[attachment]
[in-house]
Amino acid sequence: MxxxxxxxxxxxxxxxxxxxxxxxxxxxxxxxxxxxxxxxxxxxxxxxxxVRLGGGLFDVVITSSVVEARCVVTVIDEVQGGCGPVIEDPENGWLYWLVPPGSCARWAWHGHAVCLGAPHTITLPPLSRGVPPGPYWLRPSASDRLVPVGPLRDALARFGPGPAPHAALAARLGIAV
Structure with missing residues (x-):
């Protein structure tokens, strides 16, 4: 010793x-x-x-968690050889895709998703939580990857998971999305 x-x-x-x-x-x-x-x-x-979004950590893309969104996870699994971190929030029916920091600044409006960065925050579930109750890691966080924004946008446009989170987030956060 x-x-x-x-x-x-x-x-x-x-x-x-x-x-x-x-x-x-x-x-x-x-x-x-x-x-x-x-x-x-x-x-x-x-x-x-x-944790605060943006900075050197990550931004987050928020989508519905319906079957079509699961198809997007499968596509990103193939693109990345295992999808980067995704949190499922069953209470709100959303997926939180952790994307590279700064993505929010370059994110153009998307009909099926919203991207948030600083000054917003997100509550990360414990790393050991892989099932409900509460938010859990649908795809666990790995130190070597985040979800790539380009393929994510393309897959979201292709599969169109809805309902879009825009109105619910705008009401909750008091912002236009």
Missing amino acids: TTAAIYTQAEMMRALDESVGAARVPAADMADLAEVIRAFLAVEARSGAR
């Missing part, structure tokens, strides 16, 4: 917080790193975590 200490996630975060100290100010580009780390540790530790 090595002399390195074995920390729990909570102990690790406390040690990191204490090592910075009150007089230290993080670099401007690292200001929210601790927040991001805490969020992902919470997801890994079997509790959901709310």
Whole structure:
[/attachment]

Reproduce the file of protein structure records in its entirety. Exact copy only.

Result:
[in-house]
Amino acid sequence: MxxxxxxxxxxxxxxxxxxxxxxxxxxxxxxxxxxxxxxxxxxxxxxxxxVRLGGGLFDVVITSSVVEARCVVTVIDEVQGGCGPVIEDPENGWLYWLVPPGSCARWAWHGHAVCLGAPHTITLPPLSRGVPPGPYWLRPSASDRLVPVGPLRDALARFGPGPAPHAALAARLGIAV
Structure with missing residues (x-):
């Protein structure tokens, strides 16, 4: 010793x-x-x-968690050889895709998703939580990857998971999305 x-x-x-x-x-x-x-x-x-979004950590893309969104996870699994971190929030029916920091600044409006960065925050579930109750890691966080924004946008446009989170987030956060 x-x-x-x-x-x-x-x-x-x-x-x-x-x-x-x-x-x-x-x-x-x-x-x-x-x-x-x-x-x-x-x-x-x-x-x-x-944790605060943006900075050197990550931004987050928020989508519905319906079957079509699961198809997007499968596509990103193939693109990345295992999808980067995704949190499922069953209470709100959303997926939180952790994307590279700064993505929010370059994110153009998307009909099926919203991207948030600083000054917003997100509550990360414990790393050991892989099932409900509460938010859990649908795809666990790995130190070597985040979800790539380009393929994510393309897959979201292709599969169109809805309902879009825009109105619910705008009401909750008091912002236009």
Missing amino acids: TTAAIYTQAEMMRALDESVGAARVPAADMADLAEVIRAFLAVEARSGAR
């Missing part, structure tokens, strides 16, 4: 917080790193975590 200490996630975060100290100010580009780390540790530790 090595002399390195074995920390729990909570102990690790406390040690990191204490090592910075009150007089230290993080670099401007690292200001929210601790927040991001805490969020992902919470997801890994079997509790959901709310």
Whole structure: